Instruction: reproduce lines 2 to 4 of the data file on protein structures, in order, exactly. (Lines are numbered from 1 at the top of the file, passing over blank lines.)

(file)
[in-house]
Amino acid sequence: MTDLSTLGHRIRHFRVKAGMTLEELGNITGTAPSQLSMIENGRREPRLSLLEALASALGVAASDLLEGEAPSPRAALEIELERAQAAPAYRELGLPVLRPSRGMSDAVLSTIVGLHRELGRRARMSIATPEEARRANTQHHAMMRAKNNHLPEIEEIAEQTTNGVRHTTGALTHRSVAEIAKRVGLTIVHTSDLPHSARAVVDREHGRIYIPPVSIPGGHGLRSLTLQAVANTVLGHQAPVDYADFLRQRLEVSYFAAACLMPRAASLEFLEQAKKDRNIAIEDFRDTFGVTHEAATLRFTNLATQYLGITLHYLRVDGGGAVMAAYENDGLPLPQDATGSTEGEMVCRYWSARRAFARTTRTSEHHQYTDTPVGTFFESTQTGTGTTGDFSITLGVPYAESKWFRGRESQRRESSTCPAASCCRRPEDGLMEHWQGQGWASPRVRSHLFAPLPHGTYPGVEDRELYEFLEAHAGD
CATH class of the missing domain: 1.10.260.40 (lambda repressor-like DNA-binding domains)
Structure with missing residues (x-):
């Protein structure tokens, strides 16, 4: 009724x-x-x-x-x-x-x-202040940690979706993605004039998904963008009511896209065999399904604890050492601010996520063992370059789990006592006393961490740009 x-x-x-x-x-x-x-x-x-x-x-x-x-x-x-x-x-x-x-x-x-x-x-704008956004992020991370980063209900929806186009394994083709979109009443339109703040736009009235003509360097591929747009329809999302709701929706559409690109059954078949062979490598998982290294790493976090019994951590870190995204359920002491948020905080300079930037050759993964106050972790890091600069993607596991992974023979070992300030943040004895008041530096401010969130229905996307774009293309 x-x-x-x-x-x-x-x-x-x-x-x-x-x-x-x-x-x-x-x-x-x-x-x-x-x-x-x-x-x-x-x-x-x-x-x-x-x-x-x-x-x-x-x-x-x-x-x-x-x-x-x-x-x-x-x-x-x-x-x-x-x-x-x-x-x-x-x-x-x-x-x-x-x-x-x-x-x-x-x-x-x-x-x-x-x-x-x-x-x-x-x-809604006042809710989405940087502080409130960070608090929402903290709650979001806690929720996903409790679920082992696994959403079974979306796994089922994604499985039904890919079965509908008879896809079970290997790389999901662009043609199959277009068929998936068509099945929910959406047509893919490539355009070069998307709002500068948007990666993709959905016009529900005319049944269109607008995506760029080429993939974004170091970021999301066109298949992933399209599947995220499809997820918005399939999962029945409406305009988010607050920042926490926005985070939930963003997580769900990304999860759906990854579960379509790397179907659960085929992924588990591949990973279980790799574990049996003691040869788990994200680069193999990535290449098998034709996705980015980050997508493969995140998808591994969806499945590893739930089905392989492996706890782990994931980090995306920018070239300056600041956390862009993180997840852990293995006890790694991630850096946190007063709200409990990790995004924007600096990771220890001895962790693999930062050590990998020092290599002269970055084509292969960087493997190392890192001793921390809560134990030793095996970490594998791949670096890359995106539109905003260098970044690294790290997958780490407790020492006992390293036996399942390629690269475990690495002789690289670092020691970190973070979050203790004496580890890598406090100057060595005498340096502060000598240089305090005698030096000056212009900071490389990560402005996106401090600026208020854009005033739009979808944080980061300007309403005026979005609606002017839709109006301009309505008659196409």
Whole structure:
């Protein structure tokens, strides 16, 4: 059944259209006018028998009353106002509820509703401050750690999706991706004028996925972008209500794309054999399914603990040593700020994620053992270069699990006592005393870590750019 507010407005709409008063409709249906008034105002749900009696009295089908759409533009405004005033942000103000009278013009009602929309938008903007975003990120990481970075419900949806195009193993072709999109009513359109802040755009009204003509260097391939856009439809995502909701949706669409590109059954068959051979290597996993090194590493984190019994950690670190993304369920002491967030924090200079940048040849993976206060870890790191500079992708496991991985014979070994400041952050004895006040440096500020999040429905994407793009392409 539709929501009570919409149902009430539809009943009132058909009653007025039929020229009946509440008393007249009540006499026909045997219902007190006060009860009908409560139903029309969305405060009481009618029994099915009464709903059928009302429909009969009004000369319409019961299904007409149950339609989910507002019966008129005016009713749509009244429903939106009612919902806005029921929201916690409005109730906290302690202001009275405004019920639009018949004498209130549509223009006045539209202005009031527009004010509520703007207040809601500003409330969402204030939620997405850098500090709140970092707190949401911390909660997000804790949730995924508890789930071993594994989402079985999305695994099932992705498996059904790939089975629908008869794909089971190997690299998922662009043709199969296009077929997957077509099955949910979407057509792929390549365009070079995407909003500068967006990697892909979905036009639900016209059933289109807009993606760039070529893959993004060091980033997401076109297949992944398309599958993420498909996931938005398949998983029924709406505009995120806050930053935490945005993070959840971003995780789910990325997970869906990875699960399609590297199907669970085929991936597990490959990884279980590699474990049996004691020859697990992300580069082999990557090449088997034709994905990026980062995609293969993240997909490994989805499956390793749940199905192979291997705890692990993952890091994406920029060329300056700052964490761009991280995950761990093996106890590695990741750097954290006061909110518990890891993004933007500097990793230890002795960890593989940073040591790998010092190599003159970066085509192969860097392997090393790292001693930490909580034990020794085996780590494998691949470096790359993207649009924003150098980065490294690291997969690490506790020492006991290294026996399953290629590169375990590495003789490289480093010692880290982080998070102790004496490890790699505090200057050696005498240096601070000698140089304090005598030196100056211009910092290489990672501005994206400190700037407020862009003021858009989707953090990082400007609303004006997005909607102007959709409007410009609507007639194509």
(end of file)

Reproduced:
Amino acid sequence: MTDLSTLGHRIRHFRVKAGMTLEELGNITGTAPSQLSMIENGRREPRLSLLEALASALGVAASDLLEGEAPSPRAALEIELERAQAAPAYRELGLPVLRPSRGMSDAVLSTIVGLHRELGRRARMSIATPEEARRANTQHHAMMRAKNNHLPEIEEIAEQTTNGVRHTTGALTHRSVAEIAKRVGLTIVHTSDLPHSARAVVDREHGRIYIPPVSIPGGHGLRSLTLQAVANTVLGHQAPVDYADFLRQRLEVSYFAAACLMPRAASLEFLEQAKKDRNIAIEDFRDTFGVTHEAATLRFTNLATQYLGITLHYLRVDGGGAVMAAYENDGLPLPQDATGSTEGEMVCRYWSARRAFARTTRTSEHHQYTDTPVGTFFESTQTGTGTTGDFSITLGVPYAESKWFRGRESQRRESSTCPAASCCRRPEDGLMEHWQGQGWASPRVRSHLFAPLPHGTYPGVEDRELYEFLEAHAGD
CATH class of the missing domain: 1.10.260.40 (lambda repressor-like DNA-binding domains)
Structure with missing residues (x-):